Using the Earth to Control the Climate
The design of our buildings was influenced by a number of factors including:
- Being environmentally aware and responsible
- Being bushfire safe
- Low energy usage
- Using the thermal mass of the ground to regulate the indoor climate
- Blending with the environment
Although we were Owner/Builders completing much of the work ourselves, we could not have managed the main construction of the buildings without the help and support of a local structural engineer Bill Gamble (dec). This form of building and living was Bill’s passion and without his enthusiasm we may never have taken on such a challenge.
The buildings are situated at the top of a high ridge enjoying perhaps one the most stunning views in this district. The buildings had to take advantage of this and to this end, floor-to-ceiling glass is a feature.
Although the concept of Earth Sheltered living is not new, it is also not common. It is arguably the most sensible form of building in our climate, especially with the threat of fires and extreme climate conditions becoming the norm.
Although earth-sheltered building is more costly than conventional building, there is a payback. These buildings have extremely low maintenance needs as they are mostly buried. Energy needs are also much lower. Some texts have suggested that over a 10 year period beginning with the initial build, the cost (construction plus ongoing maintenance and energy costs) of these buildings becomes equal to a conventional build and over time becomes cheaper.
Thermal Mass Climate Control
In Australia, only the top 30cm of the earth changes temperature with the seasons. Our buildings are covered with 60cm of earth with mulch and gardens on top of this. The buildings take the temperature of the thermal mass (the ground) they are buried in. In this way, the buildings effectively have their climate moderated by the temperature of the earth.
The inside temperature is never too hot in summer or too cold in winter.
There is no need for air-conditioning and the buildings have a much lower heating requirement than standard above-ground housing.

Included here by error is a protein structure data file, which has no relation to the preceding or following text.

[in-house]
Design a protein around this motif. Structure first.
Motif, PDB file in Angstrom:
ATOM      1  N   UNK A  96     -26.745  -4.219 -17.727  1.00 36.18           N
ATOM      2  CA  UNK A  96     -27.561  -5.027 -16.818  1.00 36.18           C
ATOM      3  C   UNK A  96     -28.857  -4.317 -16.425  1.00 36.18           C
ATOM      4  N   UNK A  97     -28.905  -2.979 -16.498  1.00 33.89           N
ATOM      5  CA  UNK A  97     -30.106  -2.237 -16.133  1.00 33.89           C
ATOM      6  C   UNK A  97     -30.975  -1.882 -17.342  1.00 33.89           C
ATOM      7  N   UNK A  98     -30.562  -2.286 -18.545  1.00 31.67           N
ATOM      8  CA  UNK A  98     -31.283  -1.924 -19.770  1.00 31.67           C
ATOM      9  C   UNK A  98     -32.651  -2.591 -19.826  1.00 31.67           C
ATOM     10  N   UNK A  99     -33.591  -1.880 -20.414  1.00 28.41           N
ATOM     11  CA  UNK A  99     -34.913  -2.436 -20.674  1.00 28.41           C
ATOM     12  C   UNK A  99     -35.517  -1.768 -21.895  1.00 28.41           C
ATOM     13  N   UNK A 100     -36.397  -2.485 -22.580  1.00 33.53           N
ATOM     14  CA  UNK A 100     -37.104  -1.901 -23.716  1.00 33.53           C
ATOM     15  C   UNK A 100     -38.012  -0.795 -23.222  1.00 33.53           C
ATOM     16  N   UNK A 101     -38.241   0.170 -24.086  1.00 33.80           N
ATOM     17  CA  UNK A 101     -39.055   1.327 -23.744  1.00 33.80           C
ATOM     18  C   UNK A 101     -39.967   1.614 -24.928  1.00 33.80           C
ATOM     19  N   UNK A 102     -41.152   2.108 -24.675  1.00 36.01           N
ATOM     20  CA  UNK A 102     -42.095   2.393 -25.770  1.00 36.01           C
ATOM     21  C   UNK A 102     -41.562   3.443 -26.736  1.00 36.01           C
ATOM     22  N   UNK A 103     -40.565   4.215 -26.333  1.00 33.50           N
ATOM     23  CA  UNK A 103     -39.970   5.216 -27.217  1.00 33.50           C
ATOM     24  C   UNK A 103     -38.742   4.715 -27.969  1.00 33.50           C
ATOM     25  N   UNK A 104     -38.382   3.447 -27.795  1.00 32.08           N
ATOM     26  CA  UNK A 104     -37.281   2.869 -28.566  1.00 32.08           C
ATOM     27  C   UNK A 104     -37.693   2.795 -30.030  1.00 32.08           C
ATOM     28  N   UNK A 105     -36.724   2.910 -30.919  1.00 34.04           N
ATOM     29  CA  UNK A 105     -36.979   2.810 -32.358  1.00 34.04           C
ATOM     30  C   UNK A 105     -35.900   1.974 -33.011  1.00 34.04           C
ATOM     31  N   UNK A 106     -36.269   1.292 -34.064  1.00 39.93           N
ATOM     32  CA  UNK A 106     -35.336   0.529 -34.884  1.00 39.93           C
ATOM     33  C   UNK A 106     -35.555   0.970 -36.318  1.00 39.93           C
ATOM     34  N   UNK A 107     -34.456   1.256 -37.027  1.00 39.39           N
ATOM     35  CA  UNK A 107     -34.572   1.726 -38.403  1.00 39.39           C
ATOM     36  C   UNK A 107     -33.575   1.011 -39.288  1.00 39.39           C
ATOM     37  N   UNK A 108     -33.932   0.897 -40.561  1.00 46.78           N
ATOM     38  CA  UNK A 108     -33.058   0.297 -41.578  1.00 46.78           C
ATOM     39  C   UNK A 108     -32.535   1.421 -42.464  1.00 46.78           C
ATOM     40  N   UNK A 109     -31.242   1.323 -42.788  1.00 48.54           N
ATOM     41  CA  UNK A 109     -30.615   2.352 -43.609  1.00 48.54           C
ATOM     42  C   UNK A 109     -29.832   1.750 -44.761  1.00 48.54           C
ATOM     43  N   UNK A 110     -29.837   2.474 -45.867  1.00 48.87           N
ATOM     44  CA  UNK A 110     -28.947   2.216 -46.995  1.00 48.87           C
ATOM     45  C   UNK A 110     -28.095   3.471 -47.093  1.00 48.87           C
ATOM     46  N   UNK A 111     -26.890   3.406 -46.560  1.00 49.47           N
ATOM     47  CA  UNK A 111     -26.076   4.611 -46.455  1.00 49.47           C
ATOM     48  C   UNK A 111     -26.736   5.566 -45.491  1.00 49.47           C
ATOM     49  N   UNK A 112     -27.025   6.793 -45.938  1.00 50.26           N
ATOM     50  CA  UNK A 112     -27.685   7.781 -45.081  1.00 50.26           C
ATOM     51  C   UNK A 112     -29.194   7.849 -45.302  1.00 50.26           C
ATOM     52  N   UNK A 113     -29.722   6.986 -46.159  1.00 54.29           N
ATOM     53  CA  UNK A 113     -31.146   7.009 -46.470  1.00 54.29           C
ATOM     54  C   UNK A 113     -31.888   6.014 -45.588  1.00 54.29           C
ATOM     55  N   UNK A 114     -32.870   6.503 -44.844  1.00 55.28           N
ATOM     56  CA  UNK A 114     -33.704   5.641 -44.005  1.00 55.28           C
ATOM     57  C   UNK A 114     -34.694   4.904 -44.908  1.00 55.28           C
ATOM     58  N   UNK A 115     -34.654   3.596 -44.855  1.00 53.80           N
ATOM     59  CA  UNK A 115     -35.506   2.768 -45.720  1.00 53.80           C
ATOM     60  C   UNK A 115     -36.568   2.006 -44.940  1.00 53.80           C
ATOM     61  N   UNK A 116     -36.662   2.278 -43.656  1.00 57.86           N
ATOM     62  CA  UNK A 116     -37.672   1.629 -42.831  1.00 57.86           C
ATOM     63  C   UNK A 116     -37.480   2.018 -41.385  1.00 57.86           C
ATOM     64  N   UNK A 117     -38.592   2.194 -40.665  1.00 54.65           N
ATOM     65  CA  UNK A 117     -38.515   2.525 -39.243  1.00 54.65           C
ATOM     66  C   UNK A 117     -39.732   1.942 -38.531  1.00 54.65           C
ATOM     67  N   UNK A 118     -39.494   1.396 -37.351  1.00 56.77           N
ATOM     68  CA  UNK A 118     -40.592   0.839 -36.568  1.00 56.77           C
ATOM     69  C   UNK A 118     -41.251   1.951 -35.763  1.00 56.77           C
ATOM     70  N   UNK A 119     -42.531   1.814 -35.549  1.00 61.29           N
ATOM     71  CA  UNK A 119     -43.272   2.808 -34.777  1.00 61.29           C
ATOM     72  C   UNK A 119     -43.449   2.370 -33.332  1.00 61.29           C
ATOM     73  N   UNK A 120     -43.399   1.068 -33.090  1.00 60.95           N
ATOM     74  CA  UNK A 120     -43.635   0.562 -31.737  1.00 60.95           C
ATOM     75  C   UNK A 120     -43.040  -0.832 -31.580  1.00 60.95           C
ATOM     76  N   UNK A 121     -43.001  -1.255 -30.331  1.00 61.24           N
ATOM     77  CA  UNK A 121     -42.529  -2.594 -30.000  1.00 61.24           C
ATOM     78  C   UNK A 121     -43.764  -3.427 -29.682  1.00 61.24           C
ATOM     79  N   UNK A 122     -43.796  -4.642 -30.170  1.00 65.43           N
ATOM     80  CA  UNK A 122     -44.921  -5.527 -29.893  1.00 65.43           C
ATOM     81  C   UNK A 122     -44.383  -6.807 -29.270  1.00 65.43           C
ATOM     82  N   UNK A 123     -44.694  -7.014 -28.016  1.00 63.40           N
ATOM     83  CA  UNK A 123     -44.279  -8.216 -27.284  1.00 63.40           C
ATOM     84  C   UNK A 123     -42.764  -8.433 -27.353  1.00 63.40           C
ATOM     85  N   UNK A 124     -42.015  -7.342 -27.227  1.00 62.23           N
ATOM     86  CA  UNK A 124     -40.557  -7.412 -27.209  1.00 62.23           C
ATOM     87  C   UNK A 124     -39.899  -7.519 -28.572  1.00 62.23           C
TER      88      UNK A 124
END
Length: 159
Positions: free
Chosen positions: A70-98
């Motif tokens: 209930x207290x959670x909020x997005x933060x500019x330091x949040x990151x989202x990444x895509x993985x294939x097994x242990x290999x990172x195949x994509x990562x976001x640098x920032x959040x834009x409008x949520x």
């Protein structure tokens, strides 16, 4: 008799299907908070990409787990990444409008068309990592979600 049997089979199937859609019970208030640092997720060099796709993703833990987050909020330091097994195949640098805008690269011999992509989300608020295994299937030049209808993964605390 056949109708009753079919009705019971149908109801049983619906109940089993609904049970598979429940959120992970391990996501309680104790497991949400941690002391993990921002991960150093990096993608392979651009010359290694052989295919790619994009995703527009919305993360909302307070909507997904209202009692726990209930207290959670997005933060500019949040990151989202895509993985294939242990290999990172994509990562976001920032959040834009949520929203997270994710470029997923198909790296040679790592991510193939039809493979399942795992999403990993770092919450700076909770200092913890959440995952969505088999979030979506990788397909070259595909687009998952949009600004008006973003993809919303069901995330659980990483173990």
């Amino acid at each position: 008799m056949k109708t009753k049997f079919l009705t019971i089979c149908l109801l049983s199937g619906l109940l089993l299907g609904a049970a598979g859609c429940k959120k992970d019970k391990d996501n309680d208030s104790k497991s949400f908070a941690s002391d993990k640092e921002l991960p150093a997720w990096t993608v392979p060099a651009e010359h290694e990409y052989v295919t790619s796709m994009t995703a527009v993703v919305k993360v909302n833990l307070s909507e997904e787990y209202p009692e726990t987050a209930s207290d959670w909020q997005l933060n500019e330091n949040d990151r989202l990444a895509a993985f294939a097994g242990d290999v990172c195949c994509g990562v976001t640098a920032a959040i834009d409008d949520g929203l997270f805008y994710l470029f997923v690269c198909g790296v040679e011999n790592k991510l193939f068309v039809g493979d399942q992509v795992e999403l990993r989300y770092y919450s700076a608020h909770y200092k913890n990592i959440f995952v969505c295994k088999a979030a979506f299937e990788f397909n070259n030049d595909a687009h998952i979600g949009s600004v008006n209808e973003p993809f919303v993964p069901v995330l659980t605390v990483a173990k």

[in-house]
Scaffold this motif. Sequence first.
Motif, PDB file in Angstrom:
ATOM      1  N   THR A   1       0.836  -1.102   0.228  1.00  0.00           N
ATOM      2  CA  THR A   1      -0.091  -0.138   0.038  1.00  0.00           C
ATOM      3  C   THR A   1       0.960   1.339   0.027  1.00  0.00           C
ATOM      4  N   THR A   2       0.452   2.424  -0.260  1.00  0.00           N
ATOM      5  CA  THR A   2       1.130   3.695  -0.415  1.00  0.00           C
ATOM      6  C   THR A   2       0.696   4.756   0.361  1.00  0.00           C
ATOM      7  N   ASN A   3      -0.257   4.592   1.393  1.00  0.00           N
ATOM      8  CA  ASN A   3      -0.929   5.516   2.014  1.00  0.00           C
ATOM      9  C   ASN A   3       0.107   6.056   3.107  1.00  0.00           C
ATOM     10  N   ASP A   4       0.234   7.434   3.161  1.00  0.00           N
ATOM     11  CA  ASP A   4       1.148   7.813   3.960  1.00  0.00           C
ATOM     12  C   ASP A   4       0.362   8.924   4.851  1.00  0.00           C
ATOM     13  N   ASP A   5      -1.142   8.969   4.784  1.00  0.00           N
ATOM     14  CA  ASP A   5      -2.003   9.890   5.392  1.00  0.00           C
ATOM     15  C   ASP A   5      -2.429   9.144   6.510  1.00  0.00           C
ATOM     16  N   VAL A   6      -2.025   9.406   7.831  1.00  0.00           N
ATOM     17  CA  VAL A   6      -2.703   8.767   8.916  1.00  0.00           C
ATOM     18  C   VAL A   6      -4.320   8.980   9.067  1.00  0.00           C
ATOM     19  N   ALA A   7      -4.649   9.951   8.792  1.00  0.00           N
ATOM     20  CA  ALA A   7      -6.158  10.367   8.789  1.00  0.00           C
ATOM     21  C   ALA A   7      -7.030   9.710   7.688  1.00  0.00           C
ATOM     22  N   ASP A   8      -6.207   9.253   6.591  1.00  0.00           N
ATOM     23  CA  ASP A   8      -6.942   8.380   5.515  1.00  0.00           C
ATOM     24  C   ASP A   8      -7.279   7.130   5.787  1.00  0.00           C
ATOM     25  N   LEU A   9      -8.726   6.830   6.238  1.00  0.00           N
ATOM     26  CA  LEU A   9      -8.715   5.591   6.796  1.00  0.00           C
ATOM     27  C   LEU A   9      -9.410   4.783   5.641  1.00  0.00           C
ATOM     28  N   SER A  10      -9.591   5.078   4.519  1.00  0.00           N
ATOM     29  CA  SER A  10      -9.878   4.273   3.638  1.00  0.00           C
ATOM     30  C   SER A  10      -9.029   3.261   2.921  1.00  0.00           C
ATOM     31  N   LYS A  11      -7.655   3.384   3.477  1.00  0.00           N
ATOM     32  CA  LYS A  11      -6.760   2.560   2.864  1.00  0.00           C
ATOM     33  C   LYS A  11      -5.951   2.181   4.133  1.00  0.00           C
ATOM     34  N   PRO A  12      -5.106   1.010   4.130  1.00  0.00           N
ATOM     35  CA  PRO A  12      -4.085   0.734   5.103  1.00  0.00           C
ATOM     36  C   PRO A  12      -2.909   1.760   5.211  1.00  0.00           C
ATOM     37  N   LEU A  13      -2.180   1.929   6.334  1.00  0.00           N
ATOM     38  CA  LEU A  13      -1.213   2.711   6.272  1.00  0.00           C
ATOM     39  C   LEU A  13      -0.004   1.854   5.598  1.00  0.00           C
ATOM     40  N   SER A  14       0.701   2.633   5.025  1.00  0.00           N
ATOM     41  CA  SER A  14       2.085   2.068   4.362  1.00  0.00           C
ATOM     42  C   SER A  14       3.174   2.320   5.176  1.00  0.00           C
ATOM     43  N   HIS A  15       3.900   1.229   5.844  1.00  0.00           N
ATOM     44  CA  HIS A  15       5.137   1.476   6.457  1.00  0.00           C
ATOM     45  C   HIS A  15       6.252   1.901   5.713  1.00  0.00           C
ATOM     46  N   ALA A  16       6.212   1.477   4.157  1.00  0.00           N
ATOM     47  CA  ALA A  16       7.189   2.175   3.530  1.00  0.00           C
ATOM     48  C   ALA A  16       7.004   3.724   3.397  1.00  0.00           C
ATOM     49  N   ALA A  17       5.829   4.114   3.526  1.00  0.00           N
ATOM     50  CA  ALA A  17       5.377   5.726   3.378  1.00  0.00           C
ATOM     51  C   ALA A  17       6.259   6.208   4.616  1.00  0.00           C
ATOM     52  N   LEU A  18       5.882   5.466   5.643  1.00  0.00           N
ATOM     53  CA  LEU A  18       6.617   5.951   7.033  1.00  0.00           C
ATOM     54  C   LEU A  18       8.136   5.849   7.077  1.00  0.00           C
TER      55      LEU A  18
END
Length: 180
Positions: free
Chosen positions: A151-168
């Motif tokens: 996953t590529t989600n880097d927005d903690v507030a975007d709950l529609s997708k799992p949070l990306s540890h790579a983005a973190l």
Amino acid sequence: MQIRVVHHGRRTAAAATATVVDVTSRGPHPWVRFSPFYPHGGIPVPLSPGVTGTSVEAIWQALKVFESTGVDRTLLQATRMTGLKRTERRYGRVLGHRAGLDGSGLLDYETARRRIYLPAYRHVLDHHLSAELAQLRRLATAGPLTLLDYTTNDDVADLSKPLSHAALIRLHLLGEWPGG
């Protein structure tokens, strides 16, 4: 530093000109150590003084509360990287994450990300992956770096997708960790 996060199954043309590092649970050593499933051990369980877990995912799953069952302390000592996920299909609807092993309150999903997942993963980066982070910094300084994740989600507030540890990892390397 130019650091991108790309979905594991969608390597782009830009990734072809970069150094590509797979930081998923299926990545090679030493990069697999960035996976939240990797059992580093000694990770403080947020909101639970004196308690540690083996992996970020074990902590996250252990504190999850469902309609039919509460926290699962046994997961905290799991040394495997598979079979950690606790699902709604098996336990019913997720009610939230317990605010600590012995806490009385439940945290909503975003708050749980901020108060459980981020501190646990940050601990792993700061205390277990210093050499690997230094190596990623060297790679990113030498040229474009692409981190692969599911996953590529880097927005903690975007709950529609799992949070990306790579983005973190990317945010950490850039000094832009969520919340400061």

Heating that is required is managed by a solar and wood-fired hydronic central-heating system.
The buildings are of concrete construction. The walls were all manufactured off-site and lifted into position with cranes. Concrete ceiling panels were placed on top of the walls and scaffolding was erected to support concrete beams that would eventually contain the earthen roof, keep the glass faces protected from the summer sun and provide for passive solar heating in winter.
A concrete pour over the entire roofed area completed the construction, linking all parts of the building into a single entity.
Much of the construction detail was hidden in the concrete. The structure needed to be reinforced to ensure vehicles could travel over the roof! Yes, the road that continues into the property goes over the roof.
Plumbing, Electrical and Data
Careful thought had to be given to plumbing, electrical and communications needs as there would be limited opportunity to change these after the build:
- All electrical cabling had to be encased in conduits that are now sealed in concrete
- The lighting system can be re-programmed for future versatility
- Plumbing was carefully designed to allow future access
- Data points exist throughout the buildings
Waterproofing and Drainage
The buildings are situated on top of a hill so in the event of heavy rain, surface water flows quickly away.
In the event of heavy rain, runoff water has to soak through 60cm of earth before it reaches the building. The building itself is covered with a waterproof membrane to seal out all moisture. It over the membrane is a layer of geofabric, washed sand and a second layer of geofabric. Strip drains are laid one meter apart over the roof and continue down the walls into agricultural drains, all encased in geofabric. Inspection pits allow visual access to monitor ongoing effectiveness.
Covering the ground over the buildings with vegetation helps to protect the 60cm soil layer from the elements, for example a series of hot dry summer days would warm the soil covering the roof area. A thick layer of woodchip mulch has been added on top of the soil covering the roof area and then the entire area is planted with native shrubs.
In a different climate it may be possible to have a grass roof-covering, but with limited water supply, maintaining a lawn roof would be difficult throughout summer.
This has effectively:
- Ensured the soil layer above the roof maintains at a stable temperature
- Provided a habitat for birds and animals, for example, honeyeaters and echidnas
- Slowed the penetration of rainwater by trapping it in the mulch layer. This in turn promotes plant growth that uses the water.
The buildings cannot be seen with an aerial view.